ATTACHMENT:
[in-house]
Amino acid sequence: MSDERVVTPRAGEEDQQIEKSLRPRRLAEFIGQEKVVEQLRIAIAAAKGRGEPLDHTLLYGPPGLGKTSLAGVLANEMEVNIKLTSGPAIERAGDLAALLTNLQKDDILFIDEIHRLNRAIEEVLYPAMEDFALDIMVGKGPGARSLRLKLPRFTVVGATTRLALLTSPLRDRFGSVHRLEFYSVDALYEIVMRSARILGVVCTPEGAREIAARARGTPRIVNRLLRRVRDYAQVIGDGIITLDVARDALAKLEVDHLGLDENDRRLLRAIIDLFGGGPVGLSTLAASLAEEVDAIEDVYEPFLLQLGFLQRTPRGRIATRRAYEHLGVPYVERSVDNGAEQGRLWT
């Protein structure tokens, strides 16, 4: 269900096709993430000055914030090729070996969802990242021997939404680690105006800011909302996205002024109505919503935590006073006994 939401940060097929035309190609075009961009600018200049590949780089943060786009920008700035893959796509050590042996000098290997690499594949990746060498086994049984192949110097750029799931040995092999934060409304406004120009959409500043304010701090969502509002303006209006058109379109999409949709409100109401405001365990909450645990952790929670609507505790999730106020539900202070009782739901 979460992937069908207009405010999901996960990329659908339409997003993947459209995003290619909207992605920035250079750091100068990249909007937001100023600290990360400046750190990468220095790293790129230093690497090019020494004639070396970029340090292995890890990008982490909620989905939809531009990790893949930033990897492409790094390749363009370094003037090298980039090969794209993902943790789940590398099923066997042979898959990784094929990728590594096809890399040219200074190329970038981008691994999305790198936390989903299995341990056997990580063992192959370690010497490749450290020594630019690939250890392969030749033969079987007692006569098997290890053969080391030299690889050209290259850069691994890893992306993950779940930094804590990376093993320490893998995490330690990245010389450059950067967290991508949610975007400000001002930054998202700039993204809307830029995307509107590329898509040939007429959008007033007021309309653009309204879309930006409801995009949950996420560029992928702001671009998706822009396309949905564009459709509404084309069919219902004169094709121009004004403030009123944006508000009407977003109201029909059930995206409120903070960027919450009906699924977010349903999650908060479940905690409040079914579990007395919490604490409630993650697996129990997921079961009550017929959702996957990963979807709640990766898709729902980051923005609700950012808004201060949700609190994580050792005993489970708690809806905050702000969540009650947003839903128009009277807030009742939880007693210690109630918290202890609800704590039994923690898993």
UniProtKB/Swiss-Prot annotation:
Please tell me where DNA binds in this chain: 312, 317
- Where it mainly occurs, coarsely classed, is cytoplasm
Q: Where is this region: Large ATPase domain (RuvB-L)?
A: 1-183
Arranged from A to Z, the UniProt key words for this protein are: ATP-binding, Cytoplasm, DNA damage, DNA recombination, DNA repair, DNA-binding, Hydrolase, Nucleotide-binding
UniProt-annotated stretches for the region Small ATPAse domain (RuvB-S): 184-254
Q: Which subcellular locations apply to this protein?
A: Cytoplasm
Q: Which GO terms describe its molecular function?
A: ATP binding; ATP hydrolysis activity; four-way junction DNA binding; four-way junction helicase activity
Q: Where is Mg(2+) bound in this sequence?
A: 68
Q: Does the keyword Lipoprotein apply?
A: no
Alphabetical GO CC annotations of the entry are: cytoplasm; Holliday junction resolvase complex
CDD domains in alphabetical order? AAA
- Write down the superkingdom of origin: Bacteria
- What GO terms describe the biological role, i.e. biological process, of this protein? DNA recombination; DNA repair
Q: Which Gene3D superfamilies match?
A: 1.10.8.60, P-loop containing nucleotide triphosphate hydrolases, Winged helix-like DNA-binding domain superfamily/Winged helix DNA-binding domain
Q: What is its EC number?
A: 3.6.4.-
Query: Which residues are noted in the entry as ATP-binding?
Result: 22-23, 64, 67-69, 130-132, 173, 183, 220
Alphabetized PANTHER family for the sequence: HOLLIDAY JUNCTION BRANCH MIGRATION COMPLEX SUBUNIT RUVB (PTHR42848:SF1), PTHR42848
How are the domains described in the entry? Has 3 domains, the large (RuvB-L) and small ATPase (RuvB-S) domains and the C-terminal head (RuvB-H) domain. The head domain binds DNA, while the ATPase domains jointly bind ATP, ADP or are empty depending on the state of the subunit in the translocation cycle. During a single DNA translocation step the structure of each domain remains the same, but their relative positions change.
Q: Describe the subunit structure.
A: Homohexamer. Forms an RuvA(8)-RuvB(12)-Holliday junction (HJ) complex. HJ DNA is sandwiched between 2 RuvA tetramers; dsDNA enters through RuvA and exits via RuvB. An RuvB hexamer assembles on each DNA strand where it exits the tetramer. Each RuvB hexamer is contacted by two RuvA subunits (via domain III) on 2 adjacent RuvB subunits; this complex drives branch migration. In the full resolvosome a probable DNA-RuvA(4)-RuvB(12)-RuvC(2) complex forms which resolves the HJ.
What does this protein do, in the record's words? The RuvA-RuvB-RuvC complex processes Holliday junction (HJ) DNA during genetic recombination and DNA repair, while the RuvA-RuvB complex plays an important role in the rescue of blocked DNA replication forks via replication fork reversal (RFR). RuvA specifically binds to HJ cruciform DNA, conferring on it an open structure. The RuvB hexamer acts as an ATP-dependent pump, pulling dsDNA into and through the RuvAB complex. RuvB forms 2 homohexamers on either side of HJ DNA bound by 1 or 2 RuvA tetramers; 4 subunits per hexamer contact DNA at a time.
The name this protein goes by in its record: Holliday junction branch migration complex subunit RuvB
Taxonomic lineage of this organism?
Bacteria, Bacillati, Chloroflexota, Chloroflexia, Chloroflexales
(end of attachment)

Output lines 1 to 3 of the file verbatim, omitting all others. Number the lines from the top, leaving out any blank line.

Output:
[in-house]
Amino acid sequence: MSDERVVTPRAGEEDQQIEKSLRPRRLAEFIGQEKVVEQLRIAIAAAKGRGEPLDHTLLYGPPGLGKTSLAGVLANEMEVNIKLTSGPAIERAGDLAALLTNLQKDDILFIDEIHRLNRAIEEVLYPAMEDFALDIMVGKGPGARSLRLKLPRFTVVGATTRLALLTSPLRDRFGSVHRLEFYSVDALYEIVMRSARILGVVCTPEGAREIAARARGTPRIVNRLLRRVRDYAQVIGDGIITLDVARDALAKLEVDHLGLDENDRRLLRAIIDLFGGGPVGLSTLAASLAEEVDAIEDVYEPFLLQLGFLQRTPRGRIATRRAYEHLGVPYVERSVDNGAEQGRLWT
């Protein structure tokens, strides 16, 4: 269900096709993430000055914030090729070996969802990242021997939404680690105006800011909302996205002024109505919503935590006073006994 939401940060097929035309190609075009961009600018200049590949780089943060786009920008700035893959796509050590042996000098290997690499594949990746060498086994049984192949110097750029799931040995092999934060409304406004120009959409500043304010701090969502509002303006209006058109379109999409949709409100109401405001365990909450645990952790929670609507505790999730106020539900202070009782739901 979460992937069908207009405010999901996960990329659908339409997003993947459209995003290619909207992605920035250079750091100068990249909007937001100023600290990360400046750190990468220095790293790129230093690497090019020494004639070396970029340090292995890890990008982490909620989905939809531009990790893949930033990897492409790094390749363009370094003037090298980039090969794209993902943790789940590398099923066997042979898959990784094929990728590594096809890399040219200074190329970038981008691994999305790198936390989903299995341990056997990580063992192959370690010497490749450290020594630019690939250890392969030749033969079987007692006569098997290890053969080391030299690889050209290259850069691994890893992306993950779940930094804590990376093993320490893998995490330690990245010389450059950067967290991508949610975007400000001002930054998202700039993204809307830029995307509107590329898509040939007429959008007033007021309309653009309204879309930006409801995009949950996420560029992928702001671009998706822009396309949905564009459709509404084309069919219902004169094709121009004004403030009123944006508000009407977003109201029909059930995206409120903070960027919450009906699924977010349903999650908060479940905690409040079914579990007395919490604490409630993650697996129990997921079961009550017929959702996957990963979807709640990766898709729902980051923005609700950012808004201060949700609190994580050792005993489970708690809806905050702000969540009650947003839903128009009277807030009742939880007693210690109630918290202890609800704590039994923690898993």